Skill Gaming Manufacturer GameCo Must Reorganize After CEO Denied License in Nevada

Posted on: February 19, 2021, 10:53h. 

Last updated on: February 26, 2021, 10:32h.

GameCo CEO Blaine Graboyes was denied a license by the Nevada Gaming Commission this week. The ruling is a devastating result for the company that manufactures skill gaming machines.

Blaine Graboyes GameCo
GameCo CEO Blaine Graboyes, seen here in 2017 next to his company’s skill gaming terminals, is being forced out of the Nevada gaming industry. State regulators ruled this week that he is no longer suitable to be involved in the casino business. (Image: Las Vegas Review-Journal)

Graboyes was deemed unsuitable for licensure in Nevada by the five-member agency. The commission went against a recommendation from the Nevada Gaming Control Board that Graboyes be issued a new gaming license.

Graboyes was issued a two-year limited gaming license in 2019. The license is set to expire this month.

The state’s highest gaming authority determined that Graboyes’ past, specifically his business dealings with the now-defunct Beyond Gaming, leaves more questions than answers regarding his suitability.

GameCo is focused on ushering in younger players to casinos. The company’s products combine elements of skill that can increase a gambler’s potential win payout if played strategically. All-Star Hoops, a video gambling machine that allows players to “shoot for loot,” can be found at MGM Grand and Park MGM.

Las Vegas casinos in recent years have toyed with skill-based gaming machines in an effort to draw in millennials. However, they largely haven’t taken hold.

Caesars Entertainment Senior VP of Global Gaming Operations Melissa Price said in 2017 that placing skill machines on the company’s casino floors “was a big learning experience.” The games were removed after a few months of operation.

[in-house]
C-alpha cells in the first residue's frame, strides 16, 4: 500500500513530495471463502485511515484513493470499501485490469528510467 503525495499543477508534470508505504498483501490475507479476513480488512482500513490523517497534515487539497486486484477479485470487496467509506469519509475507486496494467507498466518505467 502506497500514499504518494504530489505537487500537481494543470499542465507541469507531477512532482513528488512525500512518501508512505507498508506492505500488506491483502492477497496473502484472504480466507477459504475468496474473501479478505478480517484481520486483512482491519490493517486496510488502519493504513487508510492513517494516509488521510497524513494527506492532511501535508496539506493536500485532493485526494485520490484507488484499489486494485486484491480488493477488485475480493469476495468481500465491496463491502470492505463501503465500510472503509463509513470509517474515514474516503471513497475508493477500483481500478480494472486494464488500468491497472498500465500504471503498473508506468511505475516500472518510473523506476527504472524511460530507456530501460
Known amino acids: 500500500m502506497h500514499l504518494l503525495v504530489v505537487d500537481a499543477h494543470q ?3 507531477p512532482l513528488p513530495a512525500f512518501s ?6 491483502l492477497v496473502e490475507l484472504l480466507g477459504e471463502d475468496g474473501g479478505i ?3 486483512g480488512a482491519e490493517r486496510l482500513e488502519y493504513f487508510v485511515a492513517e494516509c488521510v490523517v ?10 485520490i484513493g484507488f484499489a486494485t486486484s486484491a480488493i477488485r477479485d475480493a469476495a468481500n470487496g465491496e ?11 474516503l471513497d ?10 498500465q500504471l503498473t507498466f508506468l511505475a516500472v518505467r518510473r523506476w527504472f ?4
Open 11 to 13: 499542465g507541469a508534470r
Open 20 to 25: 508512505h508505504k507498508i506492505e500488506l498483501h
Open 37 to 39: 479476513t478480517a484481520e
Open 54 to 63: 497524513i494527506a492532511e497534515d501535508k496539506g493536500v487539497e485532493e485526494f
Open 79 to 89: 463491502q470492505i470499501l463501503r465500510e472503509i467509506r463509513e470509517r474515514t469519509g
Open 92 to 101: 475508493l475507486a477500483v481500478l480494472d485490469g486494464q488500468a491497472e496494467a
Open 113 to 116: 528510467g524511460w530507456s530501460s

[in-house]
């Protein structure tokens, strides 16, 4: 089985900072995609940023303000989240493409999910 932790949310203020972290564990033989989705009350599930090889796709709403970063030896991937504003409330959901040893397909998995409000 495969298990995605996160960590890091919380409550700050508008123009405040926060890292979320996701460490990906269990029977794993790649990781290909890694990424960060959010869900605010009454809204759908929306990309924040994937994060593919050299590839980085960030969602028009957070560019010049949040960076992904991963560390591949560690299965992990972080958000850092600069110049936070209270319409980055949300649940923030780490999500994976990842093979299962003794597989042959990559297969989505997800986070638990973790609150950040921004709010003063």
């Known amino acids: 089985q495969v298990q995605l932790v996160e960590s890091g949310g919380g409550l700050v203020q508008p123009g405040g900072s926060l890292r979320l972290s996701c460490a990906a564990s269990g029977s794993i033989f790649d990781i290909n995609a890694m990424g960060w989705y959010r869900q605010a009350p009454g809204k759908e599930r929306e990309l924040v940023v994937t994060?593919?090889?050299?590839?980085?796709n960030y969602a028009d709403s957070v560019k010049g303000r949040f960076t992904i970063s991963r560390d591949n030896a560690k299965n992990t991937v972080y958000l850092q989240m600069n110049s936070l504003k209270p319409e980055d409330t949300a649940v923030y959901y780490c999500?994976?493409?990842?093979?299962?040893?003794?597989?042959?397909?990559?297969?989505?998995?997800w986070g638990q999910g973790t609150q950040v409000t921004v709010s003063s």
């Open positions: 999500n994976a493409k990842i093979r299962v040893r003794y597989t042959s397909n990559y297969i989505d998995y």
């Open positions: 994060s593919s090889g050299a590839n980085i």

Allegations Resulted in Denial

 The Nevada Gaming Commission spent several hours this week probing Graboyes’ past. They heard allegations that he took advantage of Beyond Gaming while working with the Toledo, Oh., gaming company as a consultant.

Graboyes was eventually promoted to CEO of Beyond Gaming. The firm’s former vice president, Justin Yamek, accused Graboyes of purposely leading Beyond Gaming into bankruptcy so he could start his own company. Yamek says Graboyes stole intellectual property from Beyond and took it to GameCo, allegations that Graboyes denies.

“My goal was to have the best outcome for everyone involved,” Graboyes told the commission.

Though Graboyes was never sued by Beyond Gaming, the Nevada commissioners took issue with the matter.

There appears to have been self-dealing throughout your tenure with this company and that’s troubling to me,” explained Commissioner Rosa Solis-Rainey.

Commissioner Steven Cohen said his takeaway was that Graboyes has a history of self-interest. Commissioner Ogonna Brown shared a similar sentiment.

It doesn’t feel right, and I can’t reconcile it,” Brown said. “I have trouble with the veracity of the statements he has made today. I don’t feel like he has been truthful. I believe denial is an appropriate step.”

The Nevada Gaming Commission voted 4-1 to reject Graboyes’ license. The lone dissenter was Commissioner Deborah Fuetsch. She instead favored allowing Graboyes to have more time to defend his past.

Game Off for GameCo

The Nevada Gaming Commission’s ruling means Graboyes cannot have any direct involvement with any gaming business. He must also divest his ownership in GameCo.

Along with MGM Grand and Park MGM, GameCo has machines on the Atlantis Casino Resort in Reno, Nevada. GameCo additionally has machines on Choctaw tribal casino floors in Oklahoma.

GameCo’s board of directors, which consists of four people, including Graboyes, is now tasked with finding a new CEO.